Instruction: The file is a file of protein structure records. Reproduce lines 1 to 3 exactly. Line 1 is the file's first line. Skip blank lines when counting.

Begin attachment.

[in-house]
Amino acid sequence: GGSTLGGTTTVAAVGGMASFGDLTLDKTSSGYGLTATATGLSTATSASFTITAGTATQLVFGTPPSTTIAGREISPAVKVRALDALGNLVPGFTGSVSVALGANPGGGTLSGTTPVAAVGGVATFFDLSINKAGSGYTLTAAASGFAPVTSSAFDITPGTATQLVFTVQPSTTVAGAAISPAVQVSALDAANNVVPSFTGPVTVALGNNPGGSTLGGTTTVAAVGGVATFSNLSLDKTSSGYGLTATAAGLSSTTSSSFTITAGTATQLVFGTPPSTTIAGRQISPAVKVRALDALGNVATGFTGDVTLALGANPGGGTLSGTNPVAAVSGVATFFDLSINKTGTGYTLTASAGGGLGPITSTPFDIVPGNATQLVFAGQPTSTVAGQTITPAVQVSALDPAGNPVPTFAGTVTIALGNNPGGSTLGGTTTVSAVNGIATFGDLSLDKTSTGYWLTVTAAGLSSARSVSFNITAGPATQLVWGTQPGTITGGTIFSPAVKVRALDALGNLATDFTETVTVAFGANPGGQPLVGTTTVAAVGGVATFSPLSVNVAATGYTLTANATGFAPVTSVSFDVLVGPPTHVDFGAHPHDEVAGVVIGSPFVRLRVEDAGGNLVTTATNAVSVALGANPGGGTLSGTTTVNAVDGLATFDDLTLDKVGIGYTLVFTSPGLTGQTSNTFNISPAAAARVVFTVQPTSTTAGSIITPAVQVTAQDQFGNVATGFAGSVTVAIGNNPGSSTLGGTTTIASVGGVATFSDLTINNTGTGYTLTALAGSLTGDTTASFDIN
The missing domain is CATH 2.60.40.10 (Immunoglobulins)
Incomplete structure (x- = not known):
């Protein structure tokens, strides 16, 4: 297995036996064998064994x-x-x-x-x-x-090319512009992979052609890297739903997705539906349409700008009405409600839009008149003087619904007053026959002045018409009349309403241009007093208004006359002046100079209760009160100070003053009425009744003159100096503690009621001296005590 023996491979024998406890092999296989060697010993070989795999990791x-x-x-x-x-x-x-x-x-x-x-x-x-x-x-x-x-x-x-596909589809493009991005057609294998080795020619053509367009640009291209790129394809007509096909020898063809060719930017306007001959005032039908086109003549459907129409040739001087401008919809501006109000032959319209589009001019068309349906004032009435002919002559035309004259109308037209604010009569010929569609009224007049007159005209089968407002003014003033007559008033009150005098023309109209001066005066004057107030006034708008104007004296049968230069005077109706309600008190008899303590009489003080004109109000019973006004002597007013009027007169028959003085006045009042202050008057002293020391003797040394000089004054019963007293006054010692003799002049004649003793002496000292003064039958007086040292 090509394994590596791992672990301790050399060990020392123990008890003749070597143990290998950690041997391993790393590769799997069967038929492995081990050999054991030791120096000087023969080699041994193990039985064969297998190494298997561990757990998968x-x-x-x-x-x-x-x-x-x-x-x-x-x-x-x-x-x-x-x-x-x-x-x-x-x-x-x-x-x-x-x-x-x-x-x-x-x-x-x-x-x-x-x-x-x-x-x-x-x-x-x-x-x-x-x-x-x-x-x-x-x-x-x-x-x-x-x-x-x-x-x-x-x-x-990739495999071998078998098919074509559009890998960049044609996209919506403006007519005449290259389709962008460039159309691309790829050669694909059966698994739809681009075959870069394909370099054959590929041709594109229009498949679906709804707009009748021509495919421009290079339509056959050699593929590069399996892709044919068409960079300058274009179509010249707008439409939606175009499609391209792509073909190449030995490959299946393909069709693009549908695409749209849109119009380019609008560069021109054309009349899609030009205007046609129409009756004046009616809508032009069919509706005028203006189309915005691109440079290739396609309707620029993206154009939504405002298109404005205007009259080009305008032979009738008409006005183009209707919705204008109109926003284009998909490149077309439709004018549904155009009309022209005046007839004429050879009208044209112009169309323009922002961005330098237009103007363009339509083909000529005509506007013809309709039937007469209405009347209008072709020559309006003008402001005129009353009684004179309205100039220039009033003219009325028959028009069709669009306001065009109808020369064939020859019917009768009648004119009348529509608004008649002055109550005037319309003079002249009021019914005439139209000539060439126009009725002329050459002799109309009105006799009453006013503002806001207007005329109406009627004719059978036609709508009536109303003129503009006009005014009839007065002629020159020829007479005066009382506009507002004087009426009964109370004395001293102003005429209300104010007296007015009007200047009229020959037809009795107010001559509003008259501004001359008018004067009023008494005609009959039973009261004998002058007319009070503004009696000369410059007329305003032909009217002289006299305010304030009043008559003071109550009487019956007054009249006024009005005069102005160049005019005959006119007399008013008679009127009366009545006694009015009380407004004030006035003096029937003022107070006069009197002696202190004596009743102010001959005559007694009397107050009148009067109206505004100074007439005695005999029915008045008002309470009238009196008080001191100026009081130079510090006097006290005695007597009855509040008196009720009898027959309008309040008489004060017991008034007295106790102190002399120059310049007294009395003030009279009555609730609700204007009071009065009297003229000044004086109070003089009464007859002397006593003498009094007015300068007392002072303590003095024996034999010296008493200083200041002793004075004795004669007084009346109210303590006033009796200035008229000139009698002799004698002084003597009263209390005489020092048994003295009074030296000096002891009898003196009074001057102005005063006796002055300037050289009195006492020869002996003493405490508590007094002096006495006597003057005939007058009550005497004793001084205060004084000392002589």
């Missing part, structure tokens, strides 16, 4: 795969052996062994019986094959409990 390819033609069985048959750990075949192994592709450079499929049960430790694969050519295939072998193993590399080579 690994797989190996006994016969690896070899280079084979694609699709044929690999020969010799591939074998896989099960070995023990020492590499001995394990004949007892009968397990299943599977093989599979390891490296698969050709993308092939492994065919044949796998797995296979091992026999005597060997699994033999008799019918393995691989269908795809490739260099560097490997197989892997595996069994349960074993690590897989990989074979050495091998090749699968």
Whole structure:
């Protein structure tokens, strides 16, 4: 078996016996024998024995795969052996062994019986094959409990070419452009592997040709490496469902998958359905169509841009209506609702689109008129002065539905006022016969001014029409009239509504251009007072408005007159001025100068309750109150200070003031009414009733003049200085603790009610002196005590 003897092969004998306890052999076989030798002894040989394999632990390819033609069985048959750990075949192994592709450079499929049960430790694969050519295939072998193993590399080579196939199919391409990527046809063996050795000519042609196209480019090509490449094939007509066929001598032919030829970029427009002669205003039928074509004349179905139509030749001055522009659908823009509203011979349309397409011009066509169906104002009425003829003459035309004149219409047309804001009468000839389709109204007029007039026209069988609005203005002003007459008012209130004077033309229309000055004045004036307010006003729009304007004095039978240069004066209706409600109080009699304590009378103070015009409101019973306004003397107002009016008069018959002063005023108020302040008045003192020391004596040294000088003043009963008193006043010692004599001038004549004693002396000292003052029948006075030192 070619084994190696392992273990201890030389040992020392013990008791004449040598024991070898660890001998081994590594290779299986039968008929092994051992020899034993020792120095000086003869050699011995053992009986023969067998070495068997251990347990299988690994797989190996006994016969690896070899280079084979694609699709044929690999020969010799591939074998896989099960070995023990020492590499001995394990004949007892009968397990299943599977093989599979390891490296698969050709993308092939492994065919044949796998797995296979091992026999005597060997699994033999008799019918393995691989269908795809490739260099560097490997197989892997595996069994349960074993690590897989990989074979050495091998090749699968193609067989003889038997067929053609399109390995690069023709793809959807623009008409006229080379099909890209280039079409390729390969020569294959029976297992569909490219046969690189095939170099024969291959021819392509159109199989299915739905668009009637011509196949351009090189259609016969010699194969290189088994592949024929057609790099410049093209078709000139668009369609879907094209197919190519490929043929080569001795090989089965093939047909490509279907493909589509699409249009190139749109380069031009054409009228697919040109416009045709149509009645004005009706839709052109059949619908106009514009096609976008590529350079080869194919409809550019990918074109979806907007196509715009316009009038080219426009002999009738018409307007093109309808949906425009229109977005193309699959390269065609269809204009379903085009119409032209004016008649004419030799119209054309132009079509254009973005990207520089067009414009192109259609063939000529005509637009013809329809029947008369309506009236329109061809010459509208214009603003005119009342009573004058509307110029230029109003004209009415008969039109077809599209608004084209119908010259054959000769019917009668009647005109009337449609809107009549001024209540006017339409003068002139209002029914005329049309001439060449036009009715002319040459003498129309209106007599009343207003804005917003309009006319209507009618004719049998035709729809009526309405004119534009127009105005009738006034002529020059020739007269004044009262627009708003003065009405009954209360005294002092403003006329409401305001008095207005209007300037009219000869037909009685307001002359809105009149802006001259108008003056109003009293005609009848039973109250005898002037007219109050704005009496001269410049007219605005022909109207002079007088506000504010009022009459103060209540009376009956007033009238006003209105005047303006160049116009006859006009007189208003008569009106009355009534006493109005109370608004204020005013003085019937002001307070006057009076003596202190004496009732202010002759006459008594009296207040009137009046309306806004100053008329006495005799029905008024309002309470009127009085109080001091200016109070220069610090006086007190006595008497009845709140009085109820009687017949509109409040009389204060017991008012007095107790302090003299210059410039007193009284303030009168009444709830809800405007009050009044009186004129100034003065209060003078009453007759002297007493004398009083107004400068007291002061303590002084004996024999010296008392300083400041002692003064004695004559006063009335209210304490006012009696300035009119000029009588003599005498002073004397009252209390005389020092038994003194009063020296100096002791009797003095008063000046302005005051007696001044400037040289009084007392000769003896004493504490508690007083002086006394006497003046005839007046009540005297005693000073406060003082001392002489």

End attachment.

[in-house]
Amino acid sequence: GGSTLGGTTTVAAVGGMASFGDLTLDKTSSGYGLTATATGLSTATSASFTITAGTATQLVFGTPPSTTIAGREISPAVKVRALDALGNLVPGFTGSVSVALGANPGGGTLSGTTPVAAVGGVATFFDLSINKAGSGYTLTAAASGFAPVTSSAFDITPGTATQLVFTVQPSTTVAGAAISPAVQVSALDAANNVVPSFTGPVTVALGNNPGGSTLGGTTTVAAVGGVATFSNLSLDKTSSGYGLTATAAGLSSTTSSSFTITAGTATQLVFGTPPSTTIAGRQISPAVKVRALDALGNVATGFTGDVTLALGANPGGGTLSGTNPVAAVSGVATFFDLSINKTGTGYTLTASAGGGLGPITSTPFDIVPGNATQLVFAGQPTSTVAGQTITPAVQVSALDPAGNPVPTFAGTVTIALGNNPGGSTLGGTTTVSAVNGIATFGDLSLDKTSTGYWLTVTAAGLSSARSVSFNITAGPATQLVWGTQPGTITGGTIFSPAVKVRALDALGNLATDFTETVTVAFGANPGGQPLVGTTTVAAVGGVATFSPLSVNVAATGYTLTANATGFAPVTSVSFDVLVGPPTHVDFGAHPHDEVAGVVIGSPFVRLRVEDAGGNLVTTATNAVSVALGANPGGGTLSGTTTVNAVDGLATFDDLTLDKVGIGYTLVFTSPGLTGQTSNTFNISPAAAARVVFTVQPTSTTAGSIITPAVQVTAQDQFGNVATGFAGSVTVAIGNNPGSSTLGGTTTIASVGGVATFSDLTINNTGTGYTLTALAGSLTGDTTASFDIN
The missing domain is CATH 2.60.40.10 (Immunoglobulins)